Leap year proposals: research shows that women shouldn’t have to wait until February 29 to pop the question

24 Feb 2016

Are quirky marriage proposal traditions still relevant in 2016? Vintage jewellery specialist William May sheds some light on the old romantic custom of women proposing on a leap year

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Image gallery

The arrival of a leap year gives women around the world the perfect opportunity to prove their love to their partner. And on 29th February, a tradition states that women can finally cut to the chase and ask their man to marry them.

This old custom becomes even more bizarre the more you read into it. Apparently, women have to wear a red skirt when they propose and if the man says ‘no’, they have to compensate the woman with a kiss, leather gloves, a rose and £1.

The glove tradition dates back to a time when marriage was a sign of social status. It was said that women could hide the embarrassment of not having an engagement ring with the gloves, should their proposal be turned down.

While these old tales make for a nice story, are quirky marriage proposal traditions still relevant in 2016?

leap-year-proposals-29-february-2

Research by vintage jewellery specialist William May revealed that most people think that women should be able to propose to men whenever they like. 66 per cent of men and 61 per cent of women said yes” when asked if women should ignore tradition and propose to men.

Could proposing work in a woman’s favour?

    •       66 per cent of men think women should pop the question whenever they like

    •       42 per cent of women say they would wear a ring that they aren’t happy with - so why don’t they just choose their own?

Deciding to get married is a big financial commitment, but if you pop the question before your potential husband does, you get to control the budget. In fear of getting it wrong, some men may feel pressured to get the biggest diamond they can afford, which isn’t always what women want.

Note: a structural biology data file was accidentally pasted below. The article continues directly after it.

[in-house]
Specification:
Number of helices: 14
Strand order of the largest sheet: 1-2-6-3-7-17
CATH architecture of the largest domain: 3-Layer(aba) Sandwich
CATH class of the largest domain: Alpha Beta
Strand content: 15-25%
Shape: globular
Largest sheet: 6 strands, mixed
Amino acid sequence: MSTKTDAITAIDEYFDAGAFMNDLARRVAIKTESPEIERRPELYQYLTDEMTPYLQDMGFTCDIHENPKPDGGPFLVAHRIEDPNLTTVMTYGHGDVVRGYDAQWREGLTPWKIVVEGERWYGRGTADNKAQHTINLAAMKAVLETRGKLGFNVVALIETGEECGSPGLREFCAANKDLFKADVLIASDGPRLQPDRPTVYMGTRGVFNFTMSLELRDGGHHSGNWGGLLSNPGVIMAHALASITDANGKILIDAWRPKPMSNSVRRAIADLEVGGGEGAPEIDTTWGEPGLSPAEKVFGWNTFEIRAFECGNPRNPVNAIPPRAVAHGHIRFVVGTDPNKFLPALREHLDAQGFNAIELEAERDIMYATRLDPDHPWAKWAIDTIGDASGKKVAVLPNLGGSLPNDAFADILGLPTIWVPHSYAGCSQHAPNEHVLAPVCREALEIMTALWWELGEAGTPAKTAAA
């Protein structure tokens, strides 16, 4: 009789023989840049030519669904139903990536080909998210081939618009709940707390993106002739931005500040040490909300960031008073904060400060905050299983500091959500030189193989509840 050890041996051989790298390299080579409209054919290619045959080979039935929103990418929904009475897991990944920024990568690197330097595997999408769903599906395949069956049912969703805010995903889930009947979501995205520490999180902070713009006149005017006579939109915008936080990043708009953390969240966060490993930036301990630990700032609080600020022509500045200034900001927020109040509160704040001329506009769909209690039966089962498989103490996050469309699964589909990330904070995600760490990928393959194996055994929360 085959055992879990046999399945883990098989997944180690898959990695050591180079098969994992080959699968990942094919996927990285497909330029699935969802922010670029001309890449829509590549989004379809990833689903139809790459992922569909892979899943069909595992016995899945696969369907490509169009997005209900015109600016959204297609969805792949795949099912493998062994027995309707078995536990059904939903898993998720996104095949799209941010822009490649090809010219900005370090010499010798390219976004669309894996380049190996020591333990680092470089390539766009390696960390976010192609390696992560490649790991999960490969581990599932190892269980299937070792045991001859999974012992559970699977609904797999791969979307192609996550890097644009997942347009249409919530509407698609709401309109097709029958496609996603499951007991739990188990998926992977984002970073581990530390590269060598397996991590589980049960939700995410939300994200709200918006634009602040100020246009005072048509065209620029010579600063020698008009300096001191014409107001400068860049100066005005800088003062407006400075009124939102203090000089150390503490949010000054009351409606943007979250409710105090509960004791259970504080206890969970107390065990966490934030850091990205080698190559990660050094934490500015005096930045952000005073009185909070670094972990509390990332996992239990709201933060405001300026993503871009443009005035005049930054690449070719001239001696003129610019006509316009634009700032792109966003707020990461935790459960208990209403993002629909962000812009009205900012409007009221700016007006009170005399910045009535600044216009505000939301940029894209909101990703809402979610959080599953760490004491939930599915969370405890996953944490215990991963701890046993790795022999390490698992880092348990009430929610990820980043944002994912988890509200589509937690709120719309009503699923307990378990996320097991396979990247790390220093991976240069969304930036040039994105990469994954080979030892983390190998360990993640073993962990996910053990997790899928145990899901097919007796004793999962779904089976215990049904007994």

William May’s research found that 42 per cent of women would wear an engagement ring they weren’t completely happy with, so as not to upset their partner. Instead of running the risk of receiving one that doesn't quite suit you, those who propose get to choose their very own ring.

While ‘male engagement rings’ are an emerging trend, the most common way for women to propose is to pop the question with a ‘small gesture’, whilst choosing a ring for themselves to wear with their partner afterwards.

Presenting your man with an engraved bangle or watch gives him something to cherish the moment. It means that you can tailor the whole experience and make a much more personal statement.

Nick Whittington, managing director of William May, says: When women propose, they have the opportunity to get really creative. Obviously some of them may have been dreaming of this day for a long time and the leap year gives them an excuse to make that dream a reality.

Our research shows that while marriage proposal traditions continue to linger, many of us are breaking away from them and most people feel that women should not be apprehensive about popping the question just because an old custom suggests that it is down to the man to initiate an engagement.

Whilst many men may not have considered wearing an engagement ring before, presenting them with a keepsake gift means they can show off their commitment to you without a ring imposing on their personal style. It also leaves a bigger budget to treat yourself once you hear that all important ‘yes’!

William May has put together a guide to help women to prepare for a marriage proposal in 2016. Read it here.

www.william-may.co.uk

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